Asylum-seekers deported from Australia to Pakistan
CANBERRA: Australia deported its highest-profile family of asylum seekers to Pakistan in the pre-dawn hours on Thursday, ending a long battle for sanctuary that has turned the Bakhtiari family into a symbol of Canberra’s stern policy on refugees.
The middle-of-the-night deportation of Ali and Roqia Bakhtiari and their six children brought an end to a five-year battle to stay in Australia during which they launched some 20 unsuccessful legal challenges to gain asylum.
The family arrived in Australia in 1999 and became a symbol of the fight against the conservative government’s policy of indefinite, mandatory detention for all unwanted asylum-seekers — a stance widely criticised by civil libertarians at home and abroad.. The Bakhtiaris insisted they were from Afghanistan’s ethnic Hazara community, a Shiite minority oppressed by the former Taliban regime.
But the government said they were from Pakistan and attempts by officials and journalists to locate their claimed home community in Afghanistan failed. The sleeping Bakhtiaris were woken at 1:00am on Thursday by immigration officers and within two hours were aboard a charter flight headed for Pakistan, officials said. The clandestine operation infuriated refugee advocates and other opponents of the government’s asylum policy. “If the government’s plans for the family were all above board, then it would not have secreted them out of the country under cover of darkness hoping we would all be distracted by the tragic events in Southeast Asia or the holiday season,” said Kate Reynolds, an opposition refugee spokeswoman.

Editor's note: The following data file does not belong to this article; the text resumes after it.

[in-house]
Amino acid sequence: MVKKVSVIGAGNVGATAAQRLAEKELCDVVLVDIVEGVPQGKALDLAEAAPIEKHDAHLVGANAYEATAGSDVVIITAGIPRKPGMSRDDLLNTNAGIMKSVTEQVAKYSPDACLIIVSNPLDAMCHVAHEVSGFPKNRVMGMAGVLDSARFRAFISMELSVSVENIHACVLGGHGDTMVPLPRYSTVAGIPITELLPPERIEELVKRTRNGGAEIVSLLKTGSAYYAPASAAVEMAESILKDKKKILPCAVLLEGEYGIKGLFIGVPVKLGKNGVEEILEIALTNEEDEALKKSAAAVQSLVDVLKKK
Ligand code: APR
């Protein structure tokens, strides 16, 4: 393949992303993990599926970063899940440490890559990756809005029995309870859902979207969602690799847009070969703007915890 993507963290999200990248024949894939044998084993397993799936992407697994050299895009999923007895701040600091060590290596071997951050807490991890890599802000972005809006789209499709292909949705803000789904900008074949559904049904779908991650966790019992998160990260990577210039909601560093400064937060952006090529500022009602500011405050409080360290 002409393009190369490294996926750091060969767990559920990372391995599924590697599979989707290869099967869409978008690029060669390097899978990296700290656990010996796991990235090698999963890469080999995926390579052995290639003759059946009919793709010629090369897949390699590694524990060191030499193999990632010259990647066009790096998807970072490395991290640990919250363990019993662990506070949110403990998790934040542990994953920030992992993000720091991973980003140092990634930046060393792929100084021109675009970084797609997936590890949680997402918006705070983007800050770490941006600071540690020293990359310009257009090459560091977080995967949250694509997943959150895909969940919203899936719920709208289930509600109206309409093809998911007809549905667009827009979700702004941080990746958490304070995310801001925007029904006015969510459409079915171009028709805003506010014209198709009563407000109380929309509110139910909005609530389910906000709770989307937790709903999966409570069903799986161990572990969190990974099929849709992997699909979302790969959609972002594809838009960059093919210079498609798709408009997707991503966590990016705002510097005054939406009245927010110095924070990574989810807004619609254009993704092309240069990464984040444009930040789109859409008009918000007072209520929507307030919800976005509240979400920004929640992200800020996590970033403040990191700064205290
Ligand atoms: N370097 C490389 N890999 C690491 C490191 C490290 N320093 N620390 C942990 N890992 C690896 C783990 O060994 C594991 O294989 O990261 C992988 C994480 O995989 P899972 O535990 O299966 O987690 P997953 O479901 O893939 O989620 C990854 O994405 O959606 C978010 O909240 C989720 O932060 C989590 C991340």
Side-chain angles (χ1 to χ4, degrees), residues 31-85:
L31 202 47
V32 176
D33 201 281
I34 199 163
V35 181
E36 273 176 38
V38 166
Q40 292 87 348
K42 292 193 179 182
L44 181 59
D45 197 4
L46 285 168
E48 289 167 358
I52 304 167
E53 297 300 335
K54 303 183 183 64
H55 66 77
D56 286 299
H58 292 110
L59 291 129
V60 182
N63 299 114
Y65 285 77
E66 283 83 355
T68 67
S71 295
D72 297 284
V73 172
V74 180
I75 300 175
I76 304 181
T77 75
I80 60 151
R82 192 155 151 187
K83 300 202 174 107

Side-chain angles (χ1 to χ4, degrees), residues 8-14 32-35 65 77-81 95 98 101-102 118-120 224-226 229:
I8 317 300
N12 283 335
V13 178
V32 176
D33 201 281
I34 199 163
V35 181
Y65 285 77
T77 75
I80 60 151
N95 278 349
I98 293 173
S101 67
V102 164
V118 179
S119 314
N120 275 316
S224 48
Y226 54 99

But Immigration Minister Amanda Vanstone rejected the criticism. “The timing of the family’s departure was determined by the availability of the charter aircraft and transfer arrangements en route,” Vanstone said. “At the end, the conclusive finding was that the family was not owed protection and, consequently, the removal process is now being followed.”
Vanstone suggested the family understood and accepted that their legal appeals had run their full course. “I think the family finally accepted that they had had, and used, every opportunity in Australia for their case to be heard and it had come to an end,” she said. “I think when any anguish from either side of a discussion, argument, battle, call it whatever you want comes to an end, there has to be a certain sense of relief, and I hope the Bakhtiari family are feeling that.” The Bakhtiaris became a cause celebre in 2002 when their two eldest sons, Alamdar and Muntazar, escaped from a desert detention centre at Woomera in South Australia and sought refuge in the British consulate in Melbourne. afp